Summer might be approaching its end, but the true barbecue season isn’t even remotely over. If anything, colder weather makes it much more pleasant to stand by the grill! So, don’t retire your BBQ equipment just yet, but feel free to spice up your grilling technique and widen your repertoire of different barbecue recipes before winter. Let’s get to know all the different tastes of American BBQ!
This is, more or less, where it all started for the American barbecue. Once upon a time, the settlers of the state used an ancient technique of roasting pigs in pits, which they adopted from the indigenous people of the Caribbean. However, the flavor of NC barbecue we know and cherish today came with the British colonists. They added the marinade made of vinegar, pepper, and other spices to make the meat of the entire hog more tender and juicy. If you move a bit inland towards Lexington, you can find barbecue aficionados also putting tomato into the sauce and using only the pork shoulder instead of the whole pig. There was a lot of controversy about the one and true North Carolina BBQ, but we can all agree it all tastes amazing!
As the news of the barbecue traveled west, German cowboys liked the idea of this new meat-prep style and tried it on their cattle. Soon, Texans couldn’t get enough of the beef BBQ! They usually used the beef brisket as their meat of choice and they also invented their own variation of the sauce. The dry rub is very simple (salt, pepper, paprika, onion, and garlic powder) but the sauce is quite bold, spicy and tangy with a touch of sweetness from brown sugar! Another thing Germans introduced to Texan BBQ is sausage. It’s usually grilled over very aromatic wood like hickory and oak for a very smoky taste.
With Memphis, we go back to pork, with ribs and pulled pork is the most popular dish for all barbecue lovers. Most people from Memphis choose the dry technique where the rich flavors come from the dry spices used before grilling and the specific wood used in the process. Apple and cherry wood give the smoked meat a faint sweet aroma which is very specific to the region. The sauce is added after the cooking or served on the side for those who want it and is usually vinegar-based with tomato ketchup and molasses.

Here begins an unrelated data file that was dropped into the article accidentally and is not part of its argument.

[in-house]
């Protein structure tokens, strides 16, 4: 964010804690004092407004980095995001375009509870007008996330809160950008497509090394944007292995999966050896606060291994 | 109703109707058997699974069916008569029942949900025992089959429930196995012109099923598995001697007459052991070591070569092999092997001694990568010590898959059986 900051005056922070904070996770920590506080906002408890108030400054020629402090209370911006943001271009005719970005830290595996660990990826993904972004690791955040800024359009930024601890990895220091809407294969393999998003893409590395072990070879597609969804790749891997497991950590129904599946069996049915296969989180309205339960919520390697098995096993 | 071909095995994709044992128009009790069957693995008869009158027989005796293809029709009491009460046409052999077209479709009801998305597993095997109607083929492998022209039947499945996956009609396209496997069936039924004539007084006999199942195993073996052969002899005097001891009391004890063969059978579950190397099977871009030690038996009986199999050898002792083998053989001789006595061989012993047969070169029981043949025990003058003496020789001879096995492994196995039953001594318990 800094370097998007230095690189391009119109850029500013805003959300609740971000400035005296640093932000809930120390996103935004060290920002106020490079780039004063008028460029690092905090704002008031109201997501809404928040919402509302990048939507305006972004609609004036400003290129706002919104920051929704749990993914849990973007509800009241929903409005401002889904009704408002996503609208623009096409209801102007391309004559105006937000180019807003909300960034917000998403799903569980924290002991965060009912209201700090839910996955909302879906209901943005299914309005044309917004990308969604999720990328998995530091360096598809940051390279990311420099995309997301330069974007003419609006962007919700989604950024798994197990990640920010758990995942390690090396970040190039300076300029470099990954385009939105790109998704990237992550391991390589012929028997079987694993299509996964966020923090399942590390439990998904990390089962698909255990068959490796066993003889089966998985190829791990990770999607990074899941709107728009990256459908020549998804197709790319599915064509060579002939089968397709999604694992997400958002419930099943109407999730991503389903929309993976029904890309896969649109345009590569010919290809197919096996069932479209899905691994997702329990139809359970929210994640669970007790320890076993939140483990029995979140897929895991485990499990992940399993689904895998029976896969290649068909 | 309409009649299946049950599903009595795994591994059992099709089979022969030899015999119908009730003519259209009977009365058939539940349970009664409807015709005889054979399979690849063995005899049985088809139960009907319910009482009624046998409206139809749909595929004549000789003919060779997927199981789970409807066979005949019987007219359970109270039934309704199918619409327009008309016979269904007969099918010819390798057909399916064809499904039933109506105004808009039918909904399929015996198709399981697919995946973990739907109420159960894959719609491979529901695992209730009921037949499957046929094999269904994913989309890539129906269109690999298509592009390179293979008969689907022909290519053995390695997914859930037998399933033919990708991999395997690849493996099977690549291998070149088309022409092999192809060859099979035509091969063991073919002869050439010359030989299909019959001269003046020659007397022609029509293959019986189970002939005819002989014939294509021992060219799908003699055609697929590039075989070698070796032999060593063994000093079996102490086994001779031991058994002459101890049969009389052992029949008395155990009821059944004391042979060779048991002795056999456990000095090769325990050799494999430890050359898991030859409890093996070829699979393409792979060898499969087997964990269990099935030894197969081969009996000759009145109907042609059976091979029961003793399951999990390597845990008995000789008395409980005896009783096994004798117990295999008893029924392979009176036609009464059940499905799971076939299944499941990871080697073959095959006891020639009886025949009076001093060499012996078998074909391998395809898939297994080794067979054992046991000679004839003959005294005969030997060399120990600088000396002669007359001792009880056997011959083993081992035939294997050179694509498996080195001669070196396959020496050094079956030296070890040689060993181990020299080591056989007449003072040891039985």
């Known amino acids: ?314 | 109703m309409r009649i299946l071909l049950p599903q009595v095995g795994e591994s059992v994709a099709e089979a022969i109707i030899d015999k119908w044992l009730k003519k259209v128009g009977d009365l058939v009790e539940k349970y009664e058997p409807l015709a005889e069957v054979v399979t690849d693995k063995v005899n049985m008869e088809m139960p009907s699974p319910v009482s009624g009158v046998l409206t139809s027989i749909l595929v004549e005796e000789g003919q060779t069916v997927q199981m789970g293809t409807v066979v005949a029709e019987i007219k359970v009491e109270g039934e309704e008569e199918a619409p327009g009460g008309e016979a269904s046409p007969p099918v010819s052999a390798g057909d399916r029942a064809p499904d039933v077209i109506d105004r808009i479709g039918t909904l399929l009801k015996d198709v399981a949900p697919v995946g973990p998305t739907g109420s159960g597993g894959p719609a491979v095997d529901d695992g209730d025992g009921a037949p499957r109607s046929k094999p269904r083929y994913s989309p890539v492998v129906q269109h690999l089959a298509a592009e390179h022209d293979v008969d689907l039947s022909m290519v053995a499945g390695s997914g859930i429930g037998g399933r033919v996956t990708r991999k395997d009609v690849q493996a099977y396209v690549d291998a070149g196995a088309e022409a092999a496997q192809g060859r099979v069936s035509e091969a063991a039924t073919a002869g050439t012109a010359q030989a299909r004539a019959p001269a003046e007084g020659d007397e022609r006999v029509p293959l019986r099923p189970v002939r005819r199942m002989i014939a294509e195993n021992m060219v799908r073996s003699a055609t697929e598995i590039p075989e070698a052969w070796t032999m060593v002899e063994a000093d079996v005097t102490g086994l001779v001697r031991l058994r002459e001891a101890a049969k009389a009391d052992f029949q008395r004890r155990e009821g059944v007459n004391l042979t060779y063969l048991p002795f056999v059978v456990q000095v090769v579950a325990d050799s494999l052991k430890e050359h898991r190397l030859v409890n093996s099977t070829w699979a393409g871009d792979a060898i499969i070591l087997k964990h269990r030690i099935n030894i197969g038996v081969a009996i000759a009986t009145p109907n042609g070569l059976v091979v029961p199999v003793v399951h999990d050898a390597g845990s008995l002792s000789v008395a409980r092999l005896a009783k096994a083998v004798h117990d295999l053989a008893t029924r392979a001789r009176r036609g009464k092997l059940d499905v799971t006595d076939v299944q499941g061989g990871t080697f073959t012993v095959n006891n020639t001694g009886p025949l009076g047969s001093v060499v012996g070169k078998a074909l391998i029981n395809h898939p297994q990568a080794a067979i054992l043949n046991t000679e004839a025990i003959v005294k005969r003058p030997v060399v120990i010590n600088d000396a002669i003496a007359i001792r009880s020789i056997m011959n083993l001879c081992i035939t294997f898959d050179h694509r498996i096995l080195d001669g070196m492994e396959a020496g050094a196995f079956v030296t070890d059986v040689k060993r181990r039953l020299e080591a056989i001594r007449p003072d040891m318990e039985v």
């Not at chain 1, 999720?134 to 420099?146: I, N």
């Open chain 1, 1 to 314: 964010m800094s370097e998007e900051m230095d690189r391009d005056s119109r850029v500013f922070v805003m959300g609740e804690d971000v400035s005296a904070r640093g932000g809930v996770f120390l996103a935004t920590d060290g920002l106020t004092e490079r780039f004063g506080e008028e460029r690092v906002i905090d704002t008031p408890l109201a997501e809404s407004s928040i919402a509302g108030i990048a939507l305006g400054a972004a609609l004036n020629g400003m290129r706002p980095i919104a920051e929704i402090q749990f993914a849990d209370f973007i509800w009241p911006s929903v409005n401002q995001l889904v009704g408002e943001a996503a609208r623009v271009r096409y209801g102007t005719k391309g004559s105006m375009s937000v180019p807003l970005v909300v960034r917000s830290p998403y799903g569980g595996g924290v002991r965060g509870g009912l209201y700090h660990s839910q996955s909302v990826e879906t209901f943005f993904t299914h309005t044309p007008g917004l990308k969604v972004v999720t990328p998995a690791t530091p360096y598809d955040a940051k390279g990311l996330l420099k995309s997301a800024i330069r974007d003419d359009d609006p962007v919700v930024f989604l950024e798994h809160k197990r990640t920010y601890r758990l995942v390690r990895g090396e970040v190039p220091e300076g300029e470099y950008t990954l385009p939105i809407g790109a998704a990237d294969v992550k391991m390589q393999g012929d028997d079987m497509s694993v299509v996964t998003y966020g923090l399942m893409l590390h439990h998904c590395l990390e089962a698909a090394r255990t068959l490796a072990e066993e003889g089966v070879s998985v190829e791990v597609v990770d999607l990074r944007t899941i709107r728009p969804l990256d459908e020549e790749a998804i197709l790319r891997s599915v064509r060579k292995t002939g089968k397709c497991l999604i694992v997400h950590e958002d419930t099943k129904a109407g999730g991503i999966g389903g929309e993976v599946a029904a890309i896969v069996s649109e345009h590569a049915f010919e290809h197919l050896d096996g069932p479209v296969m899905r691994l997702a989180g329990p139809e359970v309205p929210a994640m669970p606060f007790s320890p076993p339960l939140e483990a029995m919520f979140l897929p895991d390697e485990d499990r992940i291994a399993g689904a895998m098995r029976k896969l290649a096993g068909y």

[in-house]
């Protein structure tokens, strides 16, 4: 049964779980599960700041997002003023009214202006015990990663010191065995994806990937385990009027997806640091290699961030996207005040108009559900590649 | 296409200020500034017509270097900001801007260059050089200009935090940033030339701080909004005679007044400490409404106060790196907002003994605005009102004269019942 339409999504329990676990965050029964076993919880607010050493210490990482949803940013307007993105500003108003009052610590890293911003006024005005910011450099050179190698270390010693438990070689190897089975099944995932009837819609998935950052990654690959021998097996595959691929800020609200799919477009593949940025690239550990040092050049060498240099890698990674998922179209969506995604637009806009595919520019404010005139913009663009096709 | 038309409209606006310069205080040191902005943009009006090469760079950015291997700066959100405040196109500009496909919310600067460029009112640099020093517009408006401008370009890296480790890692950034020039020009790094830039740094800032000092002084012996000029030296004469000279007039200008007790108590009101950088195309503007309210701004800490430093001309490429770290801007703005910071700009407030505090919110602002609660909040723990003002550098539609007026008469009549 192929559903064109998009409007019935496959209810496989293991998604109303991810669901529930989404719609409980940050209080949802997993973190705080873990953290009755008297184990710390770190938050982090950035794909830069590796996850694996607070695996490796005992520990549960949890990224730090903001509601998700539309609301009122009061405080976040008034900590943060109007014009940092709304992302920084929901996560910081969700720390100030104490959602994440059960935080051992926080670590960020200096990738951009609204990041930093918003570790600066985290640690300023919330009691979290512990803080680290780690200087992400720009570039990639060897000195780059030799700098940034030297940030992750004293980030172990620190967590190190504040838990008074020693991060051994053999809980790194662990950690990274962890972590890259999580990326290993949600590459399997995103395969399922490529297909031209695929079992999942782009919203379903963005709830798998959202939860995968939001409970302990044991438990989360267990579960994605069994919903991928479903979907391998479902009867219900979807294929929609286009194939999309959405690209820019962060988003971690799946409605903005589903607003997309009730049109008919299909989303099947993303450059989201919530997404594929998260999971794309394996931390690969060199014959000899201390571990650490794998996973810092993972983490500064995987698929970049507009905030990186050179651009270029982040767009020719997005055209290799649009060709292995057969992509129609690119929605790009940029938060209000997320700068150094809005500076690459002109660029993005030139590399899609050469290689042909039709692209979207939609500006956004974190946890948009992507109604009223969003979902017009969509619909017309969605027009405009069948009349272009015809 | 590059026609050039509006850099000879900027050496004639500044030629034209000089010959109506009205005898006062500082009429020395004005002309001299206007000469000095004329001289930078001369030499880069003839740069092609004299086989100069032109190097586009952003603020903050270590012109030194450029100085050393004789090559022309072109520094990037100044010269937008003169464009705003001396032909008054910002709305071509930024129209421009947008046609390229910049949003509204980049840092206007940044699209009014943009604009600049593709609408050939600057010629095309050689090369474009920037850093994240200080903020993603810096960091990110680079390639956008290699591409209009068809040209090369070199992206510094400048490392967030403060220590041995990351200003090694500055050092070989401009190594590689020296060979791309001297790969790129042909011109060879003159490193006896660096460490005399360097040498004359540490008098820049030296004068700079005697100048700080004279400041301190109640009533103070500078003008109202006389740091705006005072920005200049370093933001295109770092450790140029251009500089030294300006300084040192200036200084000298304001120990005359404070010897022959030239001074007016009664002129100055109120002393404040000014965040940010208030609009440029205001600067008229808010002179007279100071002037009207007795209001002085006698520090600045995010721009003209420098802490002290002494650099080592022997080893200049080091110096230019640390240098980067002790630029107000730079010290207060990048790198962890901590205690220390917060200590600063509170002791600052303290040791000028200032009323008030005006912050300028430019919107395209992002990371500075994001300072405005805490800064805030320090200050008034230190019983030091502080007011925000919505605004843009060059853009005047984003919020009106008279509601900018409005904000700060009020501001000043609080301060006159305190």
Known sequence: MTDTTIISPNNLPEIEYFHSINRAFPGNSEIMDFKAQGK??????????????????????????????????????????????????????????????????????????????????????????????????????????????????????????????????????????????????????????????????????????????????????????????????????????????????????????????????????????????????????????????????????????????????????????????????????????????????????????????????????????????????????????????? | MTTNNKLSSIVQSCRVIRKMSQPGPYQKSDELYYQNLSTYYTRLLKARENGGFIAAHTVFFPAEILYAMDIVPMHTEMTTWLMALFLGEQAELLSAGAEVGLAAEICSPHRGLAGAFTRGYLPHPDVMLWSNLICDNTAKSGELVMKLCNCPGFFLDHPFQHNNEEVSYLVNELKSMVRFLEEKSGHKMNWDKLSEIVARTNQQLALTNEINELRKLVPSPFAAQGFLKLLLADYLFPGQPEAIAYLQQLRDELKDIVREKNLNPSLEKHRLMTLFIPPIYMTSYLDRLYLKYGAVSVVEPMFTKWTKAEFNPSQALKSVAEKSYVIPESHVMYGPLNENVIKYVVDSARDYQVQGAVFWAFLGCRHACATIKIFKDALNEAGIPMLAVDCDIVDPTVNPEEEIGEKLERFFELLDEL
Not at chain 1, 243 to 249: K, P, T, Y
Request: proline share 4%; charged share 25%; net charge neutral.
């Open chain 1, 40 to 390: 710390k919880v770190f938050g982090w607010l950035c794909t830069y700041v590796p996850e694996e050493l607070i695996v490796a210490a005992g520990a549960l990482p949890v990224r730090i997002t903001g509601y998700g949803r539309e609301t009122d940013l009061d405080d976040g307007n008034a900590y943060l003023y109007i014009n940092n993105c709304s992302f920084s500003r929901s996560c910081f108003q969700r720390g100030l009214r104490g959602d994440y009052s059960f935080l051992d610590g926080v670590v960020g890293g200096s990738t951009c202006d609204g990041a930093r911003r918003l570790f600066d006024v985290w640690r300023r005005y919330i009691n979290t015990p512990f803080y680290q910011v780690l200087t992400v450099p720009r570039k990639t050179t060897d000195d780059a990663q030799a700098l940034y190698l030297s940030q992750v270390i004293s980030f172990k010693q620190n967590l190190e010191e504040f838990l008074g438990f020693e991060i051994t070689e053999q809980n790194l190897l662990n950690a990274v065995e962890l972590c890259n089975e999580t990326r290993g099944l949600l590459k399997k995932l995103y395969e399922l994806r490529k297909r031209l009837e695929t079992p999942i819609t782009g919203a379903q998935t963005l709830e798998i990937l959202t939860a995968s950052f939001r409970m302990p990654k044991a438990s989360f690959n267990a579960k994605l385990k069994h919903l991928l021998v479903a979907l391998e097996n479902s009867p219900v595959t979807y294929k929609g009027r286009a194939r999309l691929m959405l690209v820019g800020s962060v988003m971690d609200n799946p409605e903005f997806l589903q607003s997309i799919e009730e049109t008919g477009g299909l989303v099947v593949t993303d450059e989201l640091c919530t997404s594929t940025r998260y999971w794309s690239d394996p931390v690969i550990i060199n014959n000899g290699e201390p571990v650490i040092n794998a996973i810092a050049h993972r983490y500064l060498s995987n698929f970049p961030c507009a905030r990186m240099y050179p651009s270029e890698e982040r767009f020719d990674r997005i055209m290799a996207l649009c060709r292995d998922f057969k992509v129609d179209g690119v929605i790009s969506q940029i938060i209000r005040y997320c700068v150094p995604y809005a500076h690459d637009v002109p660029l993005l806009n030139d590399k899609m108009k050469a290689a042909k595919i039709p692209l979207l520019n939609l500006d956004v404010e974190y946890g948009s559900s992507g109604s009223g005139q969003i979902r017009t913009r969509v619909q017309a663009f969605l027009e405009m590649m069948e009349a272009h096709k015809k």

Kansas City is the meatpacking center of the country, which means there are no snobbish rules concerning meats that go on the grill and specific sauces and rubs. Simply put, no meat, no wood, and no sauce are off limits! Today, Kansas-City-style BBQ uses pork, beef, game, mutton, chicken, turkey, and even fish—no wonder it’s probably the most popular and bellowed barbecue style in all the US! The sauce is very thick, based on molasses that it is sweet and sticky. All in all, when you look at all the BBQ styles by region, Missouri BBQ combines all the best things from the western and eastern cuisine, which makes it very unique and beloved all over the States. And with Kansas City, we conclude the four big pillars of American barbecue.
Somewhere between Texas and North Carolina, the two extremes of American BBQ styles lies Alabama. Its barbecue style is heavily influenced by these two aforementioned states, but it has something quite unique— its sauce. The “white sauce” is made of mayonnaise mixed with vinegar and it goes perfectly with all types of sandwiches, especially the Alabama favorite, pulled pork!
The most popular style of barbecue in Kentucky is the so-called western style that’s known for its specific choice of meat—mature mutton. The love for mutton began in the 19thcentury when the wool production was at its strongest, so naturally, Kentuckians started experimenting with the meat and came up with a unique BBQ style. The mature mutton is usually served with a “mutton dip” or a vinegar-based sauce. On the other hand, the southern part of the state is more famous for its pork shoulder thinly sliced and dressed with a tangy vinegar-and-pepper sauce.
Sure, there’s more to American BBQ than this, but if you’re new to the scene, these six players will serve as a perfect introduction. So, choose your meat, fire up your grill and try your hand at one (or all) of these American barbecue styles!
Regional Tastes of American Barbecue | https://t.co/g8yAug4sCu https://t.co/6zZ4EYuzBg
— Uncharted101.com (@Uncharted1o1) September 23, 2018